Ian Gerson, a second-year MFA student in the VCU Sculpture Department, was the graduate TA for the program and spent his Saturdays these last few weeks with the students in the workshop.
“The kids got really excited about welding,” Gerson said. “Pretty much everybody’s project included some of the steel rod. They were just like lined up to weld, they were so hyped on that.”
Without access to these resources and equipment at their high schools, its an exciting first-time opportunity for a lot of the students.
“There’s something exciting about the first time you build something that is stronger than you are,” King said.
But the program eclipses simply learning about tools and materials and physically making objects. The students participated in activities that helped to develop their sense of creative self.
“It goes much beyond building things. It really is a program that’s designed to inspire them to try to understand themselves and what’s important to them as young artists,” King said.
The head classroom instructor of the program and assistant professor in the VCU Sculpture + Extended Media department, Guadalupe Maravilla, brought in a variety of performance artists and undergraduate VCUarts students to teach activities to the high schoolers.
Gerson said these creative interludes were some of the most fun aspects of the program. One undergrad mentor entered the room on a skateboard. He left that way too, but not before leading the students in a raucous performance of a vocal symphony, where he played the conductor.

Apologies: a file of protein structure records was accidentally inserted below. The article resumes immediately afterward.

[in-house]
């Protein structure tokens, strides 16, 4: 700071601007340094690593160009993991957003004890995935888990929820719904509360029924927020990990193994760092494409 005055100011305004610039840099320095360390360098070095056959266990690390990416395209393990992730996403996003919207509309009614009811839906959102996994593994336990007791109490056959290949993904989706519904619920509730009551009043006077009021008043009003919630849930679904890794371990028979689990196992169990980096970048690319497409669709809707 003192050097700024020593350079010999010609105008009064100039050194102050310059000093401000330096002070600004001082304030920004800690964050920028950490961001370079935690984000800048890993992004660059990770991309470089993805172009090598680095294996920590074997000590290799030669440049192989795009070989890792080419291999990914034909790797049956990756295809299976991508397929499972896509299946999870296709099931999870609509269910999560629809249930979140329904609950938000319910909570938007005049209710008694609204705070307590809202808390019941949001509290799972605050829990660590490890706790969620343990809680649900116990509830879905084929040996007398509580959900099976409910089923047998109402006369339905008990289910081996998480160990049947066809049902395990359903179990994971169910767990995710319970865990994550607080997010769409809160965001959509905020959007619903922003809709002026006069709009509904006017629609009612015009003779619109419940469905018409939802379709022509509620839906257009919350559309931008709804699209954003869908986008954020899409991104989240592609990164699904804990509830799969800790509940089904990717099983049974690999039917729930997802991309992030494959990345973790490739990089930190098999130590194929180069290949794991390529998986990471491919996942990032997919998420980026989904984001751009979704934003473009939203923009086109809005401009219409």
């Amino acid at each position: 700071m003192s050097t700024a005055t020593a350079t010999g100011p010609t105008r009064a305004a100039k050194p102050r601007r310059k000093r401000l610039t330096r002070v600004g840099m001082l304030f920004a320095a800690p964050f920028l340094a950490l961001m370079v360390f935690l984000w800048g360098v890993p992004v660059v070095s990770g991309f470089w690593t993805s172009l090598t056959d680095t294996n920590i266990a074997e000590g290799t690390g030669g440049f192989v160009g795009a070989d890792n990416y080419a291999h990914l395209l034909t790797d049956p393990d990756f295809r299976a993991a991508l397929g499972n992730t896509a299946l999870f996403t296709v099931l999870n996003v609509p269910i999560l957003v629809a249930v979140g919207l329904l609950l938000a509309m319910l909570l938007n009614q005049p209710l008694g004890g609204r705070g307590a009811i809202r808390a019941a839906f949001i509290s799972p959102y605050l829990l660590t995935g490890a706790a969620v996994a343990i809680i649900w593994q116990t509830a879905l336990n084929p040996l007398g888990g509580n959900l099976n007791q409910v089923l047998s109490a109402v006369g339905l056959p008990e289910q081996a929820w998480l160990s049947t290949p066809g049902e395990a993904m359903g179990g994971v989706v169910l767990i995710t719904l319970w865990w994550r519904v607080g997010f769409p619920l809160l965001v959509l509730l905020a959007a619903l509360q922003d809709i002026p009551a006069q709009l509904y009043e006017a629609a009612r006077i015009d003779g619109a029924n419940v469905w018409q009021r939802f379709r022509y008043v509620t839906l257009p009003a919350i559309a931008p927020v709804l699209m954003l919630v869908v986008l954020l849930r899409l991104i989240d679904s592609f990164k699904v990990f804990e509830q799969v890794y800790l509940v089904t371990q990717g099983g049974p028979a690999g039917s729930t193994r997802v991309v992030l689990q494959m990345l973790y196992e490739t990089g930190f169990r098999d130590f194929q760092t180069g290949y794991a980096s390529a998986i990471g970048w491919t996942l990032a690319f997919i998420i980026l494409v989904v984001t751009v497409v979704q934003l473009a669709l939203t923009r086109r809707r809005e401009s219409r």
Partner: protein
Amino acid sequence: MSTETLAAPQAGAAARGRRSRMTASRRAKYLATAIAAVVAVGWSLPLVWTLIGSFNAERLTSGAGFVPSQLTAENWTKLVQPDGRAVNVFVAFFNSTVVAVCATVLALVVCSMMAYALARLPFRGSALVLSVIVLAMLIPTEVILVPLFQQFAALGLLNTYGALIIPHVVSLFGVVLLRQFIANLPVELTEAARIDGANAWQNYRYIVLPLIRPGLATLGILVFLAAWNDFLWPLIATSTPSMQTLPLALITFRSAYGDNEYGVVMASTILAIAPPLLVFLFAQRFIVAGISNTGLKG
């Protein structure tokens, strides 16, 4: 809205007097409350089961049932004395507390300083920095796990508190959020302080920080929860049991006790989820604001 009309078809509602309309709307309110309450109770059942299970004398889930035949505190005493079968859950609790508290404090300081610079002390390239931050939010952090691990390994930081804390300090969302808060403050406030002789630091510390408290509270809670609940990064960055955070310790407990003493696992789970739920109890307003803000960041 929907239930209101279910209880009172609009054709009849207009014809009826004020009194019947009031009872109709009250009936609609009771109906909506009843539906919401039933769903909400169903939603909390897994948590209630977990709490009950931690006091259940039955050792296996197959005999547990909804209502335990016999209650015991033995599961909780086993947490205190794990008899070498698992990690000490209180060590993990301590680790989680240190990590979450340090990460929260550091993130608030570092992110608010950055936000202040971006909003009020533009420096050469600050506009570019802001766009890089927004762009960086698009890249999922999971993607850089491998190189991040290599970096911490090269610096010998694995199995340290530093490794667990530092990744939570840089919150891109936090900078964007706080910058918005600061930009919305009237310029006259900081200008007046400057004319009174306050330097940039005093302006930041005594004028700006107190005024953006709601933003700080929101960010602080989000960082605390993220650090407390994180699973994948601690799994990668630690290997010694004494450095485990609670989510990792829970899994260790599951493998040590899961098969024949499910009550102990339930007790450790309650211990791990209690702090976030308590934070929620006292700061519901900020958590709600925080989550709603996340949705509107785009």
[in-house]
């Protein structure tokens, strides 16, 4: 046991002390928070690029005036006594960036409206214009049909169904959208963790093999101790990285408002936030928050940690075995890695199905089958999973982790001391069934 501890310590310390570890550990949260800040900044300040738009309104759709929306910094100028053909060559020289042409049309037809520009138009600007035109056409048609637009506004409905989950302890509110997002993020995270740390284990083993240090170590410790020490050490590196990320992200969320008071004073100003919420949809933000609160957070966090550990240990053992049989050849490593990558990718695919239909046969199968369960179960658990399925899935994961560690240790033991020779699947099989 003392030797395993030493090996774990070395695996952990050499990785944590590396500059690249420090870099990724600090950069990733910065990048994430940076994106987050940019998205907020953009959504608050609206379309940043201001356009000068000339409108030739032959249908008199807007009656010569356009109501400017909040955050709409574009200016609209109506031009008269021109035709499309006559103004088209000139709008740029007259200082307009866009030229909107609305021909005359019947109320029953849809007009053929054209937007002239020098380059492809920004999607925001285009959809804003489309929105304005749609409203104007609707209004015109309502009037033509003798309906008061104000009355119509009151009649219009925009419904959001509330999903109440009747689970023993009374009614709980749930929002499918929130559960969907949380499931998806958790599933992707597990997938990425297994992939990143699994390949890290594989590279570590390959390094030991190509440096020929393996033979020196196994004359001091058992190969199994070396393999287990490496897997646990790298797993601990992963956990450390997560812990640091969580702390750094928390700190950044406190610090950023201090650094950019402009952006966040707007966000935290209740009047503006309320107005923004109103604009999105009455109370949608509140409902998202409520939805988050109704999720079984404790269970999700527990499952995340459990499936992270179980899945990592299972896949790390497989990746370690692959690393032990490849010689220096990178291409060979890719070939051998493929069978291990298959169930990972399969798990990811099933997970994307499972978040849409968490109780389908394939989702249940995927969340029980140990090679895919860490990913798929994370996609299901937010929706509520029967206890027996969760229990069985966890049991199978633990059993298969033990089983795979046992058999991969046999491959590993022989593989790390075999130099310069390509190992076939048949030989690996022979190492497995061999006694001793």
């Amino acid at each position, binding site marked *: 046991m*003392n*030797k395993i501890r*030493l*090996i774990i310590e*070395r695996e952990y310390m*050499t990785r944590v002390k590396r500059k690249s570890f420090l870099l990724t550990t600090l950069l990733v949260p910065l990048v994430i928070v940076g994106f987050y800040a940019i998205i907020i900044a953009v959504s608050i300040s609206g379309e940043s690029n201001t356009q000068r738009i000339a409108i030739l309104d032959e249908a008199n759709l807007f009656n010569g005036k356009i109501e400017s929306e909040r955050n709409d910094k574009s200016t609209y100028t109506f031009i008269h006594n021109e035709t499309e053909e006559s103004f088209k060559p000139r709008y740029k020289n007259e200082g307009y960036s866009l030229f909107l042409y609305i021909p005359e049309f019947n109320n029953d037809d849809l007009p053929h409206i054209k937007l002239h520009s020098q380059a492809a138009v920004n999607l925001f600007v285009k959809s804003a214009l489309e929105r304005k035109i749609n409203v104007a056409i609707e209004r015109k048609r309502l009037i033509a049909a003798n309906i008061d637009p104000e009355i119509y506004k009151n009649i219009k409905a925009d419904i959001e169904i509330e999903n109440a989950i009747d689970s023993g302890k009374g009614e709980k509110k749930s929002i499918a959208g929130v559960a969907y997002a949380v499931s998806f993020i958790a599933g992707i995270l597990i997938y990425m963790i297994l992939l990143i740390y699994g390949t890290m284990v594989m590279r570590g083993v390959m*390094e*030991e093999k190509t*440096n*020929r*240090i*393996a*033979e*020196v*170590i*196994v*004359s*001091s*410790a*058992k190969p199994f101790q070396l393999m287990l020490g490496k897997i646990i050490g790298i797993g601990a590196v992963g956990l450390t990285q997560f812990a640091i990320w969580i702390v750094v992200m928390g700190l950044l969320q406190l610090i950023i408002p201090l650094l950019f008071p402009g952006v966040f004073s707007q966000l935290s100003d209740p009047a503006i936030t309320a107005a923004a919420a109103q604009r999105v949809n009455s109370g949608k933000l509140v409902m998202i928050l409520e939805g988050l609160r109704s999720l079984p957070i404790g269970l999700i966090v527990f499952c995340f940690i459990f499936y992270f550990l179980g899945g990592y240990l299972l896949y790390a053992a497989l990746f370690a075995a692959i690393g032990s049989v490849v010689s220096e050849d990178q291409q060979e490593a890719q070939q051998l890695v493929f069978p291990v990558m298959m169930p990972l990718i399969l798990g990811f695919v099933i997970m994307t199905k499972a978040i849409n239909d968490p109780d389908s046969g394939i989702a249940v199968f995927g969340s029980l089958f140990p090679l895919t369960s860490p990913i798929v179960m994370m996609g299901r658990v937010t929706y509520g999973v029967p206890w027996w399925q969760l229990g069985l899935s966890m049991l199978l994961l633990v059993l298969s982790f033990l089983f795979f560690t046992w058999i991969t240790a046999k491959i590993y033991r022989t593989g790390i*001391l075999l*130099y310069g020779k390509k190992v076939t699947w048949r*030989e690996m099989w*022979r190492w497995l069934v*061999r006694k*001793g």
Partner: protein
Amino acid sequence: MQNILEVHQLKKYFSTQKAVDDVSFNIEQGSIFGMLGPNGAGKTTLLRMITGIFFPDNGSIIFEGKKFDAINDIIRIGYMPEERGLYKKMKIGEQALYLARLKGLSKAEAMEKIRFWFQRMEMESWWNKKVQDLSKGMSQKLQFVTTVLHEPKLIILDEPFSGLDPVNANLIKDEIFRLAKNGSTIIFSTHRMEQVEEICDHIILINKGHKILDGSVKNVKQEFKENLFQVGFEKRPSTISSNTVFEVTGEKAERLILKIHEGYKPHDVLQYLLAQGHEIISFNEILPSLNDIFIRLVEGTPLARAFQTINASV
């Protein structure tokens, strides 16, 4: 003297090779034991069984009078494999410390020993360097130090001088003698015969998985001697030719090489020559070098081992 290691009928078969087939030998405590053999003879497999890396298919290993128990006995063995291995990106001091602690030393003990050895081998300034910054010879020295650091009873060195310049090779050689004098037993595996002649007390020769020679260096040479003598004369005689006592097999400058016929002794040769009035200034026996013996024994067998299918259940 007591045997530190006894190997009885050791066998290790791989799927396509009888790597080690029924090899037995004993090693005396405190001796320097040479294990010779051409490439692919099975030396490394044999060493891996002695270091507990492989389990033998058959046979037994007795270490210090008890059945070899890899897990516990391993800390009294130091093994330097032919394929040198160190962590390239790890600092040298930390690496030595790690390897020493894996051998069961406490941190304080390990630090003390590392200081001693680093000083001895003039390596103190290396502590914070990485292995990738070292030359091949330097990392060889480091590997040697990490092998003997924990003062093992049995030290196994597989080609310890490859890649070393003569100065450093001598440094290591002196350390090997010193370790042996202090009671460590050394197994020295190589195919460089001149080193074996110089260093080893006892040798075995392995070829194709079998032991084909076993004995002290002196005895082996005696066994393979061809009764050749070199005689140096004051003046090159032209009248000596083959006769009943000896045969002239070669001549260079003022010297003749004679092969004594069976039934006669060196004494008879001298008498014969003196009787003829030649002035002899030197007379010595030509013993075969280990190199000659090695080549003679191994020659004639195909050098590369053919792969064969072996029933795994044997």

Mike Zetlan is the program manager for Atlas teen programs at Art 180, as well as the gallery manager. He calls the program a rousing success. “Trying to get that many kids to consistently show up on a Saturday is pretty hard,” he said.
Zetlan helped with the recruitment process, as well as eventually housing the exhibit in the Art 180 gallery space, and said he was shocked at the turnout: 56 applicants for the 15 spot program.
He said that one of the most important aspects of the aptly named Future Studio is the way it looks to the future for its high school participants. It gave them a taste of the college experience, a chance to experience a renowned arts program and campus life. After the program, several of the eligible high schoolers applied to the VCU Arts program for the next year.
The Future Studio art exhibition opened at RVA’s First Fridays last week, where the students showed up with family and friends despite the weekend’s ice and snow.
“Even the staff has been really overwhelmed by how good this show is,” Zetlan said. “I’ve gotten more feedback on the show than I have in a while…it feels a little bit more like a traditional gallery.”
King said that the program’s biggest criticism is that the students wished it would last longer. In fact, next semester the Saturday sessions have been increased from four hours to five. Applications for the spring semester of Future Studio are open now and will be closing on Jan. 18. The program is open to current sophomore, junior, and senior high school students.
A closing reception for the exhibit is set for Jan. 26 from 6-8 p.m. at the Art 180 gallery.
Top Photo Credit: VCU Sculpture & Extended Media